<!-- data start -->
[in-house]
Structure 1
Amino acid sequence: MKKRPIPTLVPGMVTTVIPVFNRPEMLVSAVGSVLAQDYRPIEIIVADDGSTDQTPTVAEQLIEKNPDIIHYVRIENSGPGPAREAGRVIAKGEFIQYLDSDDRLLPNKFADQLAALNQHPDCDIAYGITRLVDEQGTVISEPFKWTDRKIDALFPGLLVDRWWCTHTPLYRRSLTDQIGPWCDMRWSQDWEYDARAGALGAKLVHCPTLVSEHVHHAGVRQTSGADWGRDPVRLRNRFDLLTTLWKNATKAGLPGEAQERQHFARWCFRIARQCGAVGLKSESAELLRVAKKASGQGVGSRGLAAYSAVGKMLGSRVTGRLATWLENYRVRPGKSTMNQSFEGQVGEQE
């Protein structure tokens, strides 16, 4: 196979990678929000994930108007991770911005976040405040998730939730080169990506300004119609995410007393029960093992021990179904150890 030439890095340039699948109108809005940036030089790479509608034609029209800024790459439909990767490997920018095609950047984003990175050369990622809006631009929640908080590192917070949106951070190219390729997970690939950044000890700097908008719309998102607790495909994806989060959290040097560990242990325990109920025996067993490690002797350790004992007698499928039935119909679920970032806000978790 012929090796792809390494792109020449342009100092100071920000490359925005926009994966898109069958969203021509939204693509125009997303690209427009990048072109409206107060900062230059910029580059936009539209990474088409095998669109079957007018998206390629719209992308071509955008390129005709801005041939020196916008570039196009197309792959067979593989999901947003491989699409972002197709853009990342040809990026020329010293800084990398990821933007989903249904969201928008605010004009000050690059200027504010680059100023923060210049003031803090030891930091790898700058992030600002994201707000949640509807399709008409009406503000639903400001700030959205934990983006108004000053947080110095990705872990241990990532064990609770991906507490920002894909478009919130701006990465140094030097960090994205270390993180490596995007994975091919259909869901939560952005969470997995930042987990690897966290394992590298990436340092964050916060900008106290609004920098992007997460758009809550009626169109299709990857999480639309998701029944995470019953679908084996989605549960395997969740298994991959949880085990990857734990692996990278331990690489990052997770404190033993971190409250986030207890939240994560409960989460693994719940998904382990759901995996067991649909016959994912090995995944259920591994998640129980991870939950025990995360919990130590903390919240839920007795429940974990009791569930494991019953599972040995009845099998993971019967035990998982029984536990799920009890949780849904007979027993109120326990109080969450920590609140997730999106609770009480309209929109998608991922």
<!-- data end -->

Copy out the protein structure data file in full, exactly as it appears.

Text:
[in-house]
Structure 1
Amino acid sequence: MKKRPIPTLVPGMVTTVIPVFNRPEMLVSAVGSVLAQDYRPIEIIVADDGSTDQTPTVAEQLIEKNPDIIHYVRIENSGPGPAREAGRVIAKGEFIQYLDSDDRLLPNKFADQLAALNQHPDCDIAYGITRLVDEQGTVISEPFKWTDRKIDALFPGLLVDRWWCTHTPLYRRSLTDQIGPWCDMRWSQDWEYDARAGALGAKLVHCPTLVSEHVHHAGVRQTSGADWGRDPVRLRNRFDLLTTLWKNATKAGLPGEAQERQHFARWCFRIARQCGAVGLKSESAELLRVAKKASGQGVGSRGLAAYSAVGKMLGSRVTGRLATWLENYRVRPGKSTMNQSFEGQVGEQE
């Protein structure tokens, strides 16, 4: 196979990678929000994930108007991770911005976040405040998730939730080169990506300004119609995410007393029960093992021990179904150890 030439890095340039699948109108809005940036030089790479509608034609029209800024790459439909990767490997920018095609950047984003990175050369990622809006631009929640908080590192917070949106951070190219390729997970690939950044000890700097908008719309998102607790495909994806989060959290040097560990242990325990109920025996067993490690002797350790004992007698499928039935119909679920970032806000978790 012929090796792809390494792109020449342009100092100071920000490359925005926009994966898109069958969203021509939204693509125009997303690209427009990048072109409206107060900062230059910029580059936009539209990474088409095998669109079957007018998206390629719209992308071509955008390129005709801005041939020196916008570039196009197309792959067979593989999901947003491989699409972002197709853009990342040809990026020329010293800084990398990821933007989903249904969201928008605010004009000050690059200027504010680059100023923060210049003031803090030891930091790898700058992030600002994201707000949640509807399709008409009406503000639903400001700030959205934990983006108004000053947080110095990705872990241990990532064990609770991906507490920002894909478009919130701006990465140094030097960090994205270390993180490596995007994975091919259909869901939560952005969470997995930042987990690897966290394992590298990436340092964050916060900008106290609004920098992007997460758009809550009626169109299709990857999480639309998701029944995470019953679908084996989605549960395997969740298994991959949880085990990857734990692996990278331990690489990052997770404190033993971190409250986030207890939240994560409960989460693994719940998904382990759901995996067991649909016959994912090995995944259920591994998640129980991870939950025990995360919990130590903390919240839920007795429940974990009791569930494991019953599972040995009845099998993971019967035990998982029984536990799920009890949780849904007979027993109120326990109080969450920590609140997730999106609770009480309209929109998608991922």